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United States Court of Appeals FOR THE DISTRICT OF COLUMBIA CIRCUIT Argued October 15, 2018 Decided December 7, 2018 No. 17-1213 NADIA PINKOVITSCH MATAR, PETITIONER v. TRANSPORTATION SECURITY ADMINISTRATION, RESPONDENT On Petition for Review of a Final Order of the Transportation Security Administration L. Marc Zell argued the cause and filed the briefs for petitioner. Brad Hinshelwood, Attorney, U.S. Department of Justice, argued the cause for respondent. With him on the brief was Sharon Swingle, Attorney. Nitin Shah, Trial Attorney, U.S. Department of Justice, entered an appearance. Before: H ENDERSON and SRINIVASAN, Circuit Judges, and EDWARDS, Senior Circuit Judge. Opinion for the Court filed by Senior Circuit Judge EDWARDS. 2 EDWARDS, Senior Circuit Judge: In 2013, before boarding a flight from Canada to the United States, Nadia Pinkovitsch Matar (“Petitioner”) was informed by a Canadian border official that she was on a United States watch list and was advised not to board her flight. Four years later, Petitioner, who is a dual citizen of Israel and Belgium, submitted a petition to the Transportation Security Administration (“TSA”). She sought removal from the watch list or an explanation for her presence on it. Several months later, TSA mailed a final disposition to Petitioner at her home in Israel. See TSA Order of July 28, 2017 (“Order”), reprinted in Joint Appendix (“J.A.”) 40–41. The Order stated that TSA would “neither confirm nor deny any information about [Petitioner] which may be within federal watchlists or reveal any law enforcement sensitive information.” Id. at 40. Petitioner then petitioned this court, pursuant to 49 U.S.C. § 46110, for review of the Order. Petitioner contends that TSA’s disposition of her inquiry violated the Due Process Clause of the Fifth Amendment and the Administrative Procedure Act (“APA”) because the agency failed to explain whether or why she was still on a watch list. Petitioner’s petition for review comes too late. Section 46110(a) provides that a petition for review of a disputed order must be filed not later than 60 days after the order is issued unless there are reasonable grounds for not filing by the 60th day. Petitioner’s petition was filed after the statutory deadline and there are no “reasonable grounds” justifying her untimely filing. We therefore deny the petition for review. I. BACKGROUND TSA is tasked with ensuring safety in commercial airline travel. See 49 U.S.C. § 114(d). In furtherance of that directive, TSA maintains two watch lists as part of the Secure Flight Program: a “No Fly” list and a “Selectee” list. See id. 3 § 44903(j)(2)(A), (C)(i)–(ii). Individuals on the No Fly list are prohibited from boarding airplanes that are traveling to the United States, while individuals on the Selectee list are subject to more rigorous screening. “If an individual believes he or she has been improperly or unfairly delayed or prohibited from boarding an aircraft . . . as a result of [TSA’s] Secure Flight program,” 49 C.F.R. § 1560.205(a), the individual may submit a petition to the Traveler Redress Inquiry Program (“TRIP”), id. § 1560.205(b). TRIP petitioners must submit personal information and copies of identification documents, and TSA may seek additional information from the traveler as it deems necessary. See id. § 1560.205(c). Once it has gathered all the information it deems necessary, “TSA, in coordination with the [Terrorist Screening Center] and other appropriate Federal law enforcement or intelligence agencies, if necessary, will review all the documentation and information requested from the individual, correct any erroneous information, and provide the individual with a timely written response.” Id. § 1560.205(d). An individual’s placement on the No Fly or Selectee list, as well as any explanation for the placement, is “Sensitive Security Information” that is restricted from public access. See id. § 1520.5(b)(9)(ii). Therefore, TSA does not inform a TRIP petitioner who is not a U.S. citizen or resident whether he or she is on a watch list or provide any explanation regarding the petitioner’s watch list status. Petitioner is a dual Israeli-Belgian national who lives in Israel. See Petitioner’s Br. at ii. She asserts that in 2013, before boarding a flight from Canada to the United States, a Canadian border official informed her “that her name appeared on a United States travel ‘watchlist’ and advised her not to enter the United States.” Id. at 11. Petitioner then cancelled her reservation. She has not since attempted to travel to the United States. Id. 4 In April 2017, Petitioner filed a redress request with TRIP “to determine whether her name was on the TSA’s No-Fly or Selectee lists.” Id. By letter dated July 28, 2017, TSA informed Petitioner: [Department of Homeland Security] has researched and completed our review of your case. DHS TRIP can neither confirm nor deny any information about you which may be within federal watchlists or reveal any law enforcement sensitive information. However, we have made any corrections to records that our inquiries determined were necessary, including, as appropriate, notations that may assist in avoiding incidents of misidentification. Order, J.A. 40. The Order further stated that it constituted the “final agency decision” on Petitioner’s redress request, and informed Petitioner of her right to seek review of the Order within sixty days under § 46110. Id. at 41. The letter embodying the Order was dated July 28, 2017. Petitioner acknowledges that she received the Order at her address in Israel on August 13, 2017. See Petitioner’s Br. at 13. She filed this petition challenging the disposition of her redress request on September 28, 2017, sixty-two days after the letter’s date of July 28, 2017. Petitioner has received two other notifications from U.S. Government officials. First, around the same time when Petitioner received TSA’s Order responding to her redress request, she received a notification from U.S. Customs and Border Protection regarding the denial of her Electronic System for Travel Authorization (“ESTA”) application. See J.A. 44–45. ESTA determines whether a person qualifies to travel to the United States pursuant to the Visa Waiver Program 5 (“VWP”). Id. at 44. The VWP “is administered by DHS and enables eligible citizens of certain countries to travel to the United States for tourism or business for stays of 90 days or less without obtaining a visa.” Id. However, Petitioner was advised that “individuals who are found ineligible to travel to the United States or those whose travel would pose a law enforcement or security risk are refused a travel authorization.” Id. The letter also said that if Petitioner wished to dispute the ESTA denial, she could “make an appointment at the U.S. Embassy and apply for a visa.” Id. Second, in July 2018, Petitioner was denied a nonimmigrant visa on the ground that she had failed to demonstrate that she had sufficient “ties [to] compel [her] to return to [her] home country after [her] travel to the United States.” Letter of Respondent, Exh. A, Matar v. TSA, No. 17-1213 (D.C. Cir. Sept. 12, 2018). This determination cannot be appealed. However, the letter that Petitioner received indicates that she “may reapply at any time.” Id. II. STANDING TSA asserts that Petitioner lacks standing to bring her claims. Normally, because standing involves the court’s Article III jurisdiction, it must be addressed first before we address a nonjurisdictional issue. See Steel Co. v. Citizens for a Better Env’t, 523 U.S. 83, 94–95 (1998). However, as this court recently explained in Kaplan v. Central Bank of the Islamic Republic of Iran, “Steel Co.’s rule of priority does not invariably require considering a jurisdictional question before any nonjurisdictional issue.” 896 F.3d 501, 513 (D.C. Cir. 2018). Instead, “courts may address certain nonjurisdictional, threshold issues” so long as those issues “can occasion a ‘[d]ismissal short of reaching the merits.’” Id. (quoting 6 Sinochem Int’l Co. v. Malaysia Int’l Shipping Corp., 549 U.S. 422, 431 (2007) (alteration in original)). Timeliness under 49 U.S.C. § 46110 is a nonjurisdictional, threshold requirement. Avia Dynamics, Inc. v. FAA, 641 F.3d 515, 518–19 (D.C. Cir. 2011). It is a threshold issue because the dismissal of a petition as untimely under § 46110 does not involve any consideration of the merits of the Petitioner’s claims. Elec. Privacy Info. Ctr. v. FAA, 821 F.3d 39, 41 n.2 (D.C. Cir. 2016) (declining to engage in an “arduous” standing inquiry where petitioner’s claim was untimely under § 46110(a)). We will therefore proceed directly to the question regarding the timeliness of the petition for review. III. TIMELINESS A. The Petition for Review Is Untimely Under 49 U.S.C. § 46110 It is undisputed that § 46110 controls the disposition of this case. That provision states, in relevant part, that: [A] person disclosing a substantial interest in an order issued by the Secretary of Transportation . . . may apply for review of the order by filing a petition for review in the United States Court of Appeals for the District of Columbia Circuit . . . . The petition must be filed not later than 60 days after the order is issued. The court may allow the petition to be filed after the 60th day only if there are reasonable grounds for not filing by the 60th day. 49 U.S.C. § 46110(a) (emphasis added). As is clear from the terms of the statute, the time limit under § 46110 starts to run 7 on the date when an order is “issued.” This court has never previously decided how to determine when an order is issued under § 46110 in a situation in which a petitioner receives notice only via private mail. The First, Fourth, and Eleventh Circuits have concluded that “issued” means “sent.” See Ruskai v. Pistole, 775 F.3d 61, 65 (1st Cir. 2014) (looking to postmark date to calculate timeliness); Skydive Myrtle Beach Inc. v. Horry Cty. Dep’t of Airports, 735 F. App’x 810, 813–14 (4th Cir. 2018) (holding that issuance date is date the order is sent); Norber v. FAA, 673 F. App’x 911, 913–14 (11th Cir. 2016) (“‘[I]ssued’ means ‘sent,’ not ‘actually received,’ for the purposes of [section 46110].”). We now join our sister circuits in this view: when a petitioner receives notice of an order only by private mail, the order is “issued” under 49 U.S.C. § 46110 on the date when the order is sent. The conclusion that we reach today is consistent with the plain meaning of the word “issued.” See Avia Dynamics, 641 F.3d at 519 (“[W]here filing deadlines are concerned, a literal reading of Congress’ words is generally the only proper reading of those words.” (quoting Spannaus v. FEC, 990 F.2d 643, 644 (D.C. Cir. 1993) (internal quotation marks omitted))). Black’s Law Dictionary, for example, defines “issue” in relevant part as “[t]o send out or distribute officially.” Issue (vb.), B LACK’ S LAW D ICTIONARY (10th ed. 2014). And, as we have explained in Avia Dynamics, the date when a petitioner receives actual notice is irrelevant for the purposes of the sixtyday time period under 49 U.S.C. § 46110(a). Avia Dynamics, 641 F.3d at 519–20. There is no direct evidence in this case as to when the Order was postmarked. However, as noted above, the letter embodying the Order was dated July 28, 2017. See Order, J.A. 8 40. Petitioner speculates that the Order may have been sent on a later date. See Petitioner’s Br. at 25. But Petitioner offers no evidence – such as the postmark on the envelope in which she received the Order – to support her speculation. And we have no good reason to assume that the Order was mailed on a date other than the date on the letter, i.e., July 28, 2017. Therefore, Petitioner’s petition was untimely filed. B. Petitioner Had No “Reasonable Grounds” for Her Untimely Petition for Review The petition for review was clearly untimely under § 46110(a) unless there were “reasonable grounds” justifying Petitioner’s failure to file by the 60th day. On this record, we hold that Petitioner has offered no reasonable grounds for her untimely filing. We have consistently construed the reasonable grounds exception narrowly. See Citizens Ass’n of Georgetown v. FAA, 896 F.3d 425, 435 (D.C. Cir. 2018). Generally, the exception has been applied when a petitioner is able to demonstrate that the agency led it to believe that resort to litigation would not be necessary to address its concern. See id.; City of Phoenix v. Huerta, 869 F.3d 963, 970 (D.C. Cir. 2017) (applying reasonable grounds exception where FAA “repeatedly communicated” that it was “looking into” the issue in question and “wanted to work with the City and others to find a solution”); see also Avia Dynamics, 641 F.3d at 521 (“[W]e have heretofore found ‘reasonable grounds’ only in cases in which the petitioner attributes the delay to more than simply ignorance of the order.”). Petitioner argues that, after she received the Order from TSA, she attempted to “exhaust her administrative remedies” by emailing and faxing messages to the agency. See 9 Petitioner’s Br. at 27–28. However, Petitioner points to no “administrative remedies” that she was required to exhaust that caused her tardy petition for review. Petitioner also acknowledges that TSA did not respond to her fax and email communications or otherwise give her any false impressions that agency officials might address her concerns without resort to litigation. Id. at 27. TSA’s Order plainly stated that it was final and appealable. See Order, J.A. 41. That Petitioner attempted to contact TSA via email and fax of her own volition instead of filing a petition for review does not constitute reasonable grounds for delay. Petitioner also argues that it was reasonable for her to believe that TSA would address her concerns without being ordered to do so by a court because TSA allegedly violated its own internal policies. See Petitioner’s Br. at 28–29. This is a perplexing argument. If, as Petitioner claims, TSA somehow violated its internal policies, that should have prompted her to file a timely petition for review under § 46110, not to delay. For this court to credit Petitioner’s argument would require us to endorse an approach that would lead to the reasonable grounds exception swallowing the sixty-day filing period rule. We recognize that mail-related delays might, on some occasions, constitute “reasonable grounds” for an untimely filing under § 46110. This case, however, is not one of those occasions. Petitioner – who was represented by counsel – had approximately six weeks from the time she received the Order from TSA to file a petition with this court. Yet, she failed to do so. See Avia Dynamics, 641 F.3d at 521 (“Even if ignorance [of an order] could establish ‘reasonable grounds,’ it would not excuse Avia’s continued inaction during the forty-nine days from . . . the date of Avia’s actual notice[] until the filing period closed . . . .”). In addition, the Order expressly stated that it constituted a final decision and that Petitioner had sixty days to 10 seek review of the Order pursuant to § 46110. See Order, J.A. 41. Under these circumstances, Petitioner had no good excuse, much less reasonable grounds, for her failure to file a petition for review not later than 60 days after TSA issued the disputed Order. IV. CONCLUSION For the reasons given above, the petition for review is hereby denied. So ordered.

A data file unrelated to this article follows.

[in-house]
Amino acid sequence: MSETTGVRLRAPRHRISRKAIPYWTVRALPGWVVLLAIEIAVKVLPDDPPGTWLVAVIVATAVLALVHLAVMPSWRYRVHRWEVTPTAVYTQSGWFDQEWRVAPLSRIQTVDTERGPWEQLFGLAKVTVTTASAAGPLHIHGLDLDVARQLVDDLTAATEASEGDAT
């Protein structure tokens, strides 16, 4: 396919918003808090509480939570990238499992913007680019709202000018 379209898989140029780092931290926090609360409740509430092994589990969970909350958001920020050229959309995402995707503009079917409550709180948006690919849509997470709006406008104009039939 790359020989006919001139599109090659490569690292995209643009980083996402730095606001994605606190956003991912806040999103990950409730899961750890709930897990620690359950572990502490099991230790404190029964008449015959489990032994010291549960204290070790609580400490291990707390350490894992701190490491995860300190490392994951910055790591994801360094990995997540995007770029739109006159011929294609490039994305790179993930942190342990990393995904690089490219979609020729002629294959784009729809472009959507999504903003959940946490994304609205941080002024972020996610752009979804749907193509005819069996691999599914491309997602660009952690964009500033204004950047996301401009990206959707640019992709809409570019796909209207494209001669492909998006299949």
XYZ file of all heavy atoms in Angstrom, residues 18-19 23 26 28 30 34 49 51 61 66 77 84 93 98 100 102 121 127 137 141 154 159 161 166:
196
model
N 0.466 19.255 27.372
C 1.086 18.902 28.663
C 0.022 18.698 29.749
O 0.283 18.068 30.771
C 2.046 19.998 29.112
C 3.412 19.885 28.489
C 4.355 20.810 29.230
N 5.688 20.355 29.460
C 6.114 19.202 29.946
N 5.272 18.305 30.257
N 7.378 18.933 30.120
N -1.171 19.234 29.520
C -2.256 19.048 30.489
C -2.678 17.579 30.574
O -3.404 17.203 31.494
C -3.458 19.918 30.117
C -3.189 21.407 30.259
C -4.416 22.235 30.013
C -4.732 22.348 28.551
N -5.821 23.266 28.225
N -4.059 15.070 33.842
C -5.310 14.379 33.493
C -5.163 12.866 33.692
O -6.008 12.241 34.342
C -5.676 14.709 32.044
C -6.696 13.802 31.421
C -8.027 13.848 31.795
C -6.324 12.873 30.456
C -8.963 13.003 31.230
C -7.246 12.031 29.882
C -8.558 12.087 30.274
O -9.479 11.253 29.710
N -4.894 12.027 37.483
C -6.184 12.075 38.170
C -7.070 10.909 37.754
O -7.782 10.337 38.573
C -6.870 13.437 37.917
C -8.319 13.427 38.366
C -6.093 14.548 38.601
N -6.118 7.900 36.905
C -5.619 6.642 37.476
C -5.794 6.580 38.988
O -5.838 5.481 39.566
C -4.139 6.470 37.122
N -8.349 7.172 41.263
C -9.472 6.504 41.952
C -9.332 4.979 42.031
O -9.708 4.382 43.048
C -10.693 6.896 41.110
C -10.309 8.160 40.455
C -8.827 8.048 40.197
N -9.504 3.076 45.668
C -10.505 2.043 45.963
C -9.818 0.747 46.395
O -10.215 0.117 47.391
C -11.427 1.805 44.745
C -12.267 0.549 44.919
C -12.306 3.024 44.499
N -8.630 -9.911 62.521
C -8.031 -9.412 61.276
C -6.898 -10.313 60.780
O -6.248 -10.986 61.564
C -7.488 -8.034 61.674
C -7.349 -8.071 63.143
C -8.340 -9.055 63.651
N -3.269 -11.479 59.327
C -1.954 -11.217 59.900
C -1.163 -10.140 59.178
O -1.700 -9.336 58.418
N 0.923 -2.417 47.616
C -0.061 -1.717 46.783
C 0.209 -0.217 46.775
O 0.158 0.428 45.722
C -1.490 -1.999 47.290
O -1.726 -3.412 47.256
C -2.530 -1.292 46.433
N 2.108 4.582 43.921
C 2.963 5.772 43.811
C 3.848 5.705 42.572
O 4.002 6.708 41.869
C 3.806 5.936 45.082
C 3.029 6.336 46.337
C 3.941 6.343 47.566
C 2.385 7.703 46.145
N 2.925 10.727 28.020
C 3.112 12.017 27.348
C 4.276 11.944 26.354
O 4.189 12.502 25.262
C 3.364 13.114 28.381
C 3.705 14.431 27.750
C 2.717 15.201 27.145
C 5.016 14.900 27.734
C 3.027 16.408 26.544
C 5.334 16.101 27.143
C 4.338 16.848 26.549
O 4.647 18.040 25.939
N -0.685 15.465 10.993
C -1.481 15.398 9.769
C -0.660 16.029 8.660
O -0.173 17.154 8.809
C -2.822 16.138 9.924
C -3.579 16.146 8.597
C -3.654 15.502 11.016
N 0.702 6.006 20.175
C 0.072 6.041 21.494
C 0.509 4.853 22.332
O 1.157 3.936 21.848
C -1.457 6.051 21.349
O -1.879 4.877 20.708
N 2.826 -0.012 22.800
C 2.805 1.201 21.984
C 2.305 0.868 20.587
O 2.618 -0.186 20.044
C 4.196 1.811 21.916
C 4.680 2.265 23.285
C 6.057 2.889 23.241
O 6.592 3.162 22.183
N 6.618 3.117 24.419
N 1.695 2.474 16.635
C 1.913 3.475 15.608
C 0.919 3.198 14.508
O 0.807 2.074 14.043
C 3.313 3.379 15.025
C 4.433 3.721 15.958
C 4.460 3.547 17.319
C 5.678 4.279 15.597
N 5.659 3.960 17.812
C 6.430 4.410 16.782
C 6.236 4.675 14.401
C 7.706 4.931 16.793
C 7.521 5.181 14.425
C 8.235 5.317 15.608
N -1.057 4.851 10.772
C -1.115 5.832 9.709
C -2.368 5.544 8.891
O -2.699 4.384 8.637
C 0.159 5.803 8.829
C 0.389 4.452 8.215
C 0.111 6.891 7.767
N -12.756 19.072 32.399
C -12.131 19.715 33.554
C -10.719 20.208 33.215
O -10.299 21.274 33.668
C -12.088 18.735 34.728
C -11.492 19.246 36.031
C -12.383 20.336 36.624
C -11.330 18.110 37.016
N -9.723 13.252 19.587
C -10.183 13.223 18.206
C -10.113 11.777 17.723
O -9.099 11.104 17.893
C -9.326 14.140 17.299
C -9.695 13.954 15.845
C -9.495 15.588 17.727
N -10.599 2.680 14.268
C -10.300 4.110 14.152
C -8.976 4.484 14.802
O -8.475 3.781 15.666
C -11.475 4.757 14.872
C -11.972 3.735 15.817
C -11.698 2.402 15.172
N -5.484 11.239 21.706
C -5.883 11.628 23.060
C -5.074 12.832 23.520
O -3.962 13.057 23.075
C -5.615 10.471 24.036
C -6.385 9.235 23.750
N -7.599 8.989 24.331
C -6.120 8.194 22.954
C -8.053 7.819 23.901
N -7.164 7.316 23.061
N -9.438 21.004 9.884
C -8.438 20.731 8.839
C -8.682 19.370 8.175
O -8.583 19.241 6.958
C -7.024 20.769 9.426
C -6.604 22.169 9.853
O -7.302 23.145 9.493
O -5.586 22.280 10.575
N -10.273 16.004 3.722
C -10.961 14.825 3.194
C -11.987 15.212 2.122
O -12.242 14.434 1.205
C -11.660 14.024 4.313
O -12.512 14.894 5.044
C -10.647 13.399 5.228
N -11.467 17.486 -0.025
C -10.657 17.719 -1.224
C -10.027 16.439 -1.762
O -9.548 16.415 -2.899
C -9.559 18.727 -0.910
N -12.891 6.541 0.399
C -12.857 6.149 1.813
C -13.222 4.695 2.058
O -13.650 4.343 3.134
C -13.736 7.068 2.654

Primary Holding
Petition for review of the TSA's order stating that it would neither confirm or deny any information about petitioner which may be within federal watchlists or reveal any law enforcement sensitive information, denied as time-barred.